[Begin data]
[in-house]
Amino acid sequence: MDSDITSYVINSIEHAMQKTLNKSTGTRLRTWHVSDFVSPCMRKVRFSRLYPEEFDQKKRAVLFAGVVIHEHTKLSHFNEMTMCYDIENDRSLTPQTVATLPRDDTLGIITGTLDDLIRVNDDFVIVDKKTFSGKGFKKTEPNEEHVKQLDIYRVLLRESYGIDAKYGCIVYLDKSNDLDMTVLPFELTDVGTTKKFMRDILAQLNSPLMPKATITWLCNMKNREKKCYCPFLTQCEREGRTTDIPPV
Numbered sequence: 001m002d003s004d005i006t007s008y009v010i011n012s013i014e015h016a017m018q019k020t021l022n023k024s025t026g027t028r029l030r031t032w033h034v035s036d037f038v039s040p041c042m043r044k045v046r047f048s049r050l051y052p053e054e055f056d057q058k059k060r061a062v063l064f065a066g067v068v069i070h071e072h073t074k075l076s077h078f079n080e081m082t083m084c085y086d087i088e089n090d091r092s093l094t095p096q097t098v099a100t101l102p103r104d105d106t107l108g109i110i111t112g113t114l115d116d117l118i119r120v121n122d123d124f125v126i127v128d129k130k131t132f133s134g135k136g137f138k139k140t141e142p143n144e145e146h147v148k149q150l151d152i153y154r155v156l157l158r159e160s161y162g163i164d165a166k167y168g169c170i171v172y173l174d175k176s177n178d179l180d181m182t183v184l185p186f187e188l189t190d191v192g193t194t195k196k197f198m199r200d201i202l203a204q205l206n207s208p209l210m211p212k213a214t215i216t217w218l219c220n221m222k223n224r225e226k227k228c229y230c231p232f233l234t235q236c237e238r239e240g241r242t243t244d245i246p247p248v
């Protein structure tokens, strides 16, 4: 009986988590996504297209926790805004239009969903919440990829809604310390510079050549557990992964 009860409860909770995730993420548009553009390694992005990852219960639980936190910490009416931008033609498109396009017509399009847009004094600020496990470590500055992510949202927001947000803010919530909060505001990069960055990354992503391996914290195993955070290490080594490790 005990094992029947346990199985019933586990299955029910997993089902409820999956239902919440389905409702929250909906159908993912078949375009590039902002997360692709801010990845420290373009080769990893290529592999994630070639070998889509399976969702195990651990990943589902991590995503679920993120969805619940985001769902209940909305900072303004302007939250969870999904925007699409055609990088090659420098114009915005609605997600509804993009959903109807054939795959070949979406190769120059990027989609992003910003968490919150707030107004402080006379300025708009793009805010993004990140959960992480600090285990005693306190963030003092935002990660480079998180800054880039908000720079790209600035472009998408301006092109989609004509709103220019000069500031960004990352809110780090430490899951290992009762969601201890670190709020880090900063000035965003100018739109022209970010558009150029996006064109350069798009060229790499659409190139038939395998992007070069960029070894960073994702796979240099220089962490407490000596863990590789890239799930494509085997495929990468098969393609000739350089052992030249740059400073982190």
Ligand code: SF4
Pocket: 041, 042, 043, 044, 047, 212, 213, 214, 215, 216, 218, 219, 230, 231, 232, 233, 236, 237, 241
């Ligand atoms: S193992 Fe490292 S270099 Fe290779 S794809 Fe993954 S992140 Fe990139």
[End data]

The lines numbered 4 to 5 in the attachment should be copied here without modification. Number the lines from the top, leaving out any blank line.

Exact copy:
């Protein structure tokens, strides 16, 4: 009986988590996504297209926790805004239009969903919440990829809604310390510079050549557990992964 009860409860909770995730993420548009553009390694992005990852219960639980936190910490009416931008033609498109396009017509399009847009004094600020496990470590500055992510949202927001947000803010919530909060505001990069960055990354992503391996914290195993955070290490080594490790 005990094992029947346990199985019933586990299955029910997993089902409820999956239902919440389905409702929250909906159908993912078949375009590039902002997360692709801010990845420290373009080769990893290529592999994630070639070998889509399976969702195990651990990943589902991590995503679920993120969805619940985001769902209940909305900072303004302007939250969870999904925007699409055609990088090659420098114009915005609605997600509804993009959903109807054939795959070949979406190769120059990027989609992003910003968490919150707030107004402080006379300025708009793009805010993004990140959960992480600090285990005693306190963030003092935002990660480079998180800054880039908000720079790209600035472009998408301006092109989609004509709103220019000069500031960004990352809110780090430490899951290992009762969601201890670190709020880090900063000035965003100018739109022209970010558009150029996006064109350069798009060229790499659409190139038939395998992007070069960029070894960073994702796979240099220089962490407490000596863990590789890239799930494509085997495929990468098969393609000739350089052992030249740059400073982190």
Ligand code: SF4